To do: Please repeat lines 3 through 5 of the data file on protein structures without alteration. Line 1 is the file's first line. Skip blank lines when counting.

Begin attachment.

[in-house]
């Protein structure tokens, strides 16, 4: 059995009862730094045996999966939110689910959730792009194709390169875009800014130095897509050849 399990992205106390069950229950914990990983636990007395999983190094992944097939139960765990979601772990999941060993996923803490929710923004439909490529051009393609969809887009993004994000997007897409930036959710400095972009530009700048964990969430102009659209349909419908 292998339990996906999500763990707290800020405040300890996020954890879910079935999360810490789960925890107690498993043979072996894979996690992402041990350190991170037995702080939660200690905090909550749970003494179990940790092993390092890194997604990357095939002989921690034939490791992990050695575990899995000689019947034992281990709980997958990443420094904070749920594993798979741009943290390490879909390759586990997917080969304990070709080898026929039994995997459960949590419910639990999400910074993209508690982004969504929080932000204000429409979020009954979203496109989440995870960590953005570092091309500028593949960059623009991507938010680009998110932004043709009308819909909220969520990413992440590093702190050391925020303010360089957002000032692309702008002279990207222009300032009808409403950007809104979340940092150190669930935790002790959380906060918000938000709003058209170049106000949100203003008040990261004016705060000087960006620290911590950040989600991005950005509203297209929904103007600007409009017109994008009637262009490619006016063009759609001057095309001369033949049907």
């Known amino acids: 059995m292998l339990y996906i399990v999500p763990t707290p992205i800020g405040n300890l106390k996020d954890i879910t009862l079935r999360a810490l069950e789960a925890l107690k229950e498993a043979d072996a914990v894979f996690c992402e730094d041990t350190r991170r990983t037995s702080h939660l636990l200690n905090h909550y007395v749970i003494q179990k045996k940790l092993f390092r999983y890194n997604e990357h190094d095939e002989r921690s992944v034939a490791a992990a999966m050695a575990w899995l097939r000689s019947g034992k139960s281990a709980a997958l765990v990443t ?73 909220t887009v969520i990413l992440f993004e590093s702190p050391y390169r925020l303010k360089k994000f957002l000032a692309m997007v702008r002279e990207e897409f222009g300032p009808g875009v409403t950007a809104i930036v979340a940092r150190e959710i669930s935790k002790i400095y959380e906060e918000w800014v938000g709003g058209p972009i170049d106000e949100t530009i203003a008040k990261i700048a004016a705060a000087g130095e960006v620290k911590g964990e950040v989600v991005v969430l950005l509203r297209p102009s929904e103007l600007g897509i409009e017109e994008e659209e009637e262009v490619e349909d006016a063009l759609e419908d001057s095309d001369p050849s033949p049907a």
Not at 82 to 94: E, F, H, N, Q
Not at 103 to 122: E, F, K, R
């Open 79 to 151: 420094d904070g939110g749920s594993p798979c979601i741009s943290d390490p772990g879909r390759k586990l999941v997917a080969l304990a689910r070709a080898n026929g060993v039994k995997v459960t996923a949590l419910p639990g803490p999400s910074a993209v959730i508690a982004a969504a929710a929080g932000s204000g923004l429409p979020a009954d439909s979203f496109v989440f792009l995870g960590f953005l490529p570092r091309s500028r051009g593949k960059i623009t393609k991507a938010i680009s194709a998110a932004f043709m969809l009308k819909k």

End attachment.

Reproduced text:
């Known amino acids: 059995m292998l339990y996906i399990v999500p763990t707290p992205i800020g405040n300890l106390k996020d954890i879910t009862l079935r999360a810490l069950e789960a925890l107690k229950e498993a043979d072996a914990v894979f996690c992402e730094d041990t350190r991170r990983t037995s702080h939660l636990l200690n905090h909550y007395v749970i003494q179990k045996k940790l092993f390092r999983y890194n997604e990357h190094d095939e002989r921690s992944v034939a490791a992990a999966m050695a575990w899995l097939r000689s019947g034992k139960s281990a709980a997958l765990v990443t ?73 909220t887009v969520i990413l992440f993004e590093s702190p050391y390169r925020l303010k360089k994000f957002l000032a692309m997007v702008r002279e990207e897409f222009g300032p009808g875009v409403t950007a809104i930036v979340a940092r150190e959710i669930s935790k002790i400095y959380e906060e918000w800014v938000g709003g058209p972009i170049d106000e949100t530009i203003a008040k990261i700048a004016a705060a000087g130095e960006v620290k911590g964990e950040v989600v991005v969430l950005l509203r297209p102009s929904e103007l600007g897509i409009e017109e994008e659209e009637e262009v490619e349909d006016a063009l759609e419908d001057s095309d001369p050849s033949p049907a």
Not at 82 to 94: E, F, H, N, Q
Not at 103 to 122: E, F, K, R